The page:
In the last two installments, I covered most of the food that I came across in Tokyo. On Friday morning, we departed for Kyoto, the former imperial capital of Japan. After a two and a half hour ride on the Shinkansen and settling into our hotel, we decided to venture out and find some dinner. There wasn’t much in terms of restaurants around our hotel and we ended up wandering some of the neighborhood streets. We eventually stumbled upon a local street festival, filled with all sorts of tasty goodies! Excuse the quality of the photos, I only had my cell phone camera on me at this point in time. 😦
The neatest part about the festival was that it was for the locals, by the locals. We were probably the only tourists around, so there were a lot of really interesting things to look at.
This particular stand was selling okonomiyaki. This was more of a mass production and made to order. Still pretty tasty! I settled for a couple other items that night, including some grilled chicken giblets, a “Jell-O coffee” drink, some chicken skewers, and a helping of dango. I also came across what I can only describe as tofu donuts. It’s made from the outer skin of the tofu curds (which is usually discarded before packaging) that is ground up and deep fried. It has the look and consistency of a cider donut. Since the skin is naturally sweet, it made for a great dessert!
The grilled squid on a stick also looked pretty interesting, however I didn’t quite feel in the mood to try it. We did see a couple kids running around holding them and munching as they went. I love coming across things like this, as it’s more of a real taste of local culture.
The day was filled with walking. To make sure we didn’t run out of steam, we stopped at the bottom of Fushimi Inari Shrine for some breakfast. Since we were in the presence of the fox god, I thought it would be fitting to have two kinds of food that bear his namesake: kitsune udon and inari sushi. The restaurant itself was a small shop with about a dozen tables. It also looked like it had a small banquet room in the back and a quaint little garden.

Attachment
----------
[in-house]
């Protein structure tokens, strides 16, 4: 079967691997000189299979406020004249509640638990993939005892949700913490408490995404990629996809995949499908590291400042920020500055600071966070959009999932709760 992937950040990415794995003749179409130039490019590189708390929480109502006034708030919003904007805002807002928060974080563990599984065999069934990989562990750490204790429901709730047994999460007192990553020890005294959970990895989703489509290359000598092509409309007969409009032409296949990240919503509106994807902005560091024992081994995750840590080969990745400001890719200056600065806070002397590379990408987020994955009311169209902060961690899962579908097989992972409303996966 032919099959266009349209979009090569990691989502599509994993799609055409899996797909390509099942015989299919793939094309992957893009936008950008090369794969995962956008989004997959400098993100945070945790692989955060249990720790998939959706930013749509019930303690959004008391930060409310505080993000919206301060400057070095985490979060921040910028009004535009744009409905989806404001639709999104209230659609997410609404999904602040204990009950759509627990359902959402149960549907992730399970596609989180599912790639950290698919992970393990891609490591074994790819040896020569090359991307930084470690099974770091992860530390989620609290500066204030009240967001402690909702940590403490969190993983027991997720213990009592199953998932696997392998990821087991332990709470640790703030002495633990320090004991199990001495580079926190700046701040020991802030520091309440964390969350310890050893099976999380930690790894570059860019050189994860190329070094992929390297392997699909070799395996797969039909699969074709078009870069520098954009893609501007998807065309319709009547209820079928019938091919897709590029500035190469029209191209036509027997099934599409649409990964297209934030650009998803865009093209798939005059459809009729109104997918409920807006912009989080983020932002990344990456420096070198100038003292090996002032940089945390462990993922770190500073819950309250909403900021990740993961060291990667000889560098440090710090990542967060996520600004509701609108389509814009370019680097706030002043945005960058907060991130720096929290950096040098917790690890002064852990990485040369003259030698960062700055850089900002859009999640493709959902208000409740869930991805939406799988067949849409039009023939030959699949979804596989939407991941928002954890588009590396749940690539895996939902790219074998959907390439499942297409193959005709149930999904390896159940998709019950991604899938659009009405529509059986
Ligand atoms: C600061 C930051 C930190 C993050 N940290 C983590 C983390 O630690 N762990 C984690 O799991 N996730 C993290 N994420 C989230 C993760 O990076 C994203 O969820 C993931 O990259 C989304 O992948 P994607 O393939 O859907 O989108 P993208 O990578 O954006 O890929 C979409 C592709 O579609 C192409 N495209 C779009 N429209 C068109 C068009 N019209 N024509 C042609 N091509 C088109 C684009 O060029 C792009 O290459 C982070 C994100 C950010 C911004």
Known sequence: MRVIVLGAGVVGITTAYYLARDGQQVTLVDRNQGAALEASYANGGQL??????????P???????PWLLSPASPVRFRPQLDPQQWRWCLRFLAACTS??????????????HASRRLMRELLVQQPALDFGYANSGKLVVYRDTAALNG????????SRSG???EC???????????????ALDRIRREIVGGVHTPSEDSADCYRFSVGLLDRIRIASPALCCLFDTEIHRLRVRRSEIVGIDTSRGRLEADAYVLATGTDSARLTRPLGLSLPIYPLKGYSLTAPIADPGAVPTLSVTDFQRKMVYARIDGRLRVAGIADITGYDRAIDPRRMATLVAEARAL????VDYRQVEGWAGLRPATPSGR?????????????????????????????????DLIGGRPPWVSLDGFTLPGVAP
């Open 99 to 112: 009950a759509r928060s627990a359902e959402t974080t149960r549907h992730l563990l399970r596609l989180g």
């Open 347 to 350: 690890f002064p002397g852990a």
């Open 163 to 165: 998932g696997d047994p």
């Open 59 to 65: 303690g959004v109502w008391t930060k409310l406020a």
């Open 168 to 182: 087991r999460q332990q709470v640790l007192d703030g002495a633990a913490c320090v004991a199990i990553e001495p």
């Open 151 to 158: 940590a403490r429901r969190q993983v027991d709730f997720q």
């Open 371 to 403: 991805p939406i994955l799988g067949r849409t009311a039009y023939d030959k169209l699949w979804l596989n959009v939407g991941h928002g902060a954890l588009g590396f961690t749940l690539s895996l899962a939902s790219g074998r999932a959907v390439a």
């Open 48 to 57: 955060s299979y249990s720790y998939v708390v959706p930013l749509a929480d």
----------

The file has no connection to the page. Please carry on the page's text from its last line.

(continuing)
Since we were the only ones in the restaurant, the food came out pretty quick. For the main course, I decided to try my hands at kitsune udon. It’s served with some sweet deep fried tofu (called Aburaage) and broth. The cup next to the bowl is actually tea, which was served chilled. I really enjoyed the difference in texture between the tofu and noodles, and ended up drinking most of the broth as well.
We also shared an order of inari sushi, which (in it’s simplest form) a stuffed sushi. The outer wrapping is fried tofu and is filled with sushi rice. Like the Aburaage used in the udon, the wrapping has a slightly sweet taste that compliments the sliced ginger quite well.
Fortunately, the early day meal did keep us going on the full day of walking and temple visits. By the time dinner rolled around, we were ready for more. Our native Japanese speaker got us reservations at a pretty well known tofu restaurant in the area. While this doesn’t sound particularly interesting (especially to Westerners), tofu is made into a variety of things. We each ordered the the recommended five course meal and got a wide variety of things at the table! Once again, I only had my cell phone, so picture quality suffered a bit…
The restaurant itself was in a little alleyway and featured traditional-style seating.
There was also a lot of “I’m not quite sure what it is, but it is tasty!” feel that night. I think I’ll just let the pictures speak for themselves!
As a part of our meal, we got boiled tofu to share. Fresh tofu (middle) was put into an electric hotpot (left) and left to warm for about 10 minutes. There was also some spinach in the boiler, which made for a nice contrast in flavors (right).
Chilled tofu with cucumbers, seaweed, and greens. The stuff underneath it is actually shaved ice.
A sweet soy drink with pieces of tofu in it. Yummy!
Tofu on a stick, because everything tastes better on a stick!
This is actually fried tofu skin (served tempura style), similar to what was used in the aforementioned tofu donut.
The “main course",” consisting of rice, miso soup tea, poached egg, and veggies. The egg was meant to be mixed in with the rice and eaten along with the veggies.
Here’s dessert. I don’t remember what kind of ice cream this was, but it certainly wasn’t tofu flavored!
At long last, my culinary adventure in Japan had come to an end. After our healthy meal of tofu, it was time to pack up and get on a plane to fly back to the United States. The airline food was OK (Continental airlines still does some decent in-flight cuisine!) and picked up some chicken nuggets when I got into Newark. Looking back, it seems like that was a pretty big departure of what I experience in Japan.
Why do I suddenly crave some good ramen and miso soup?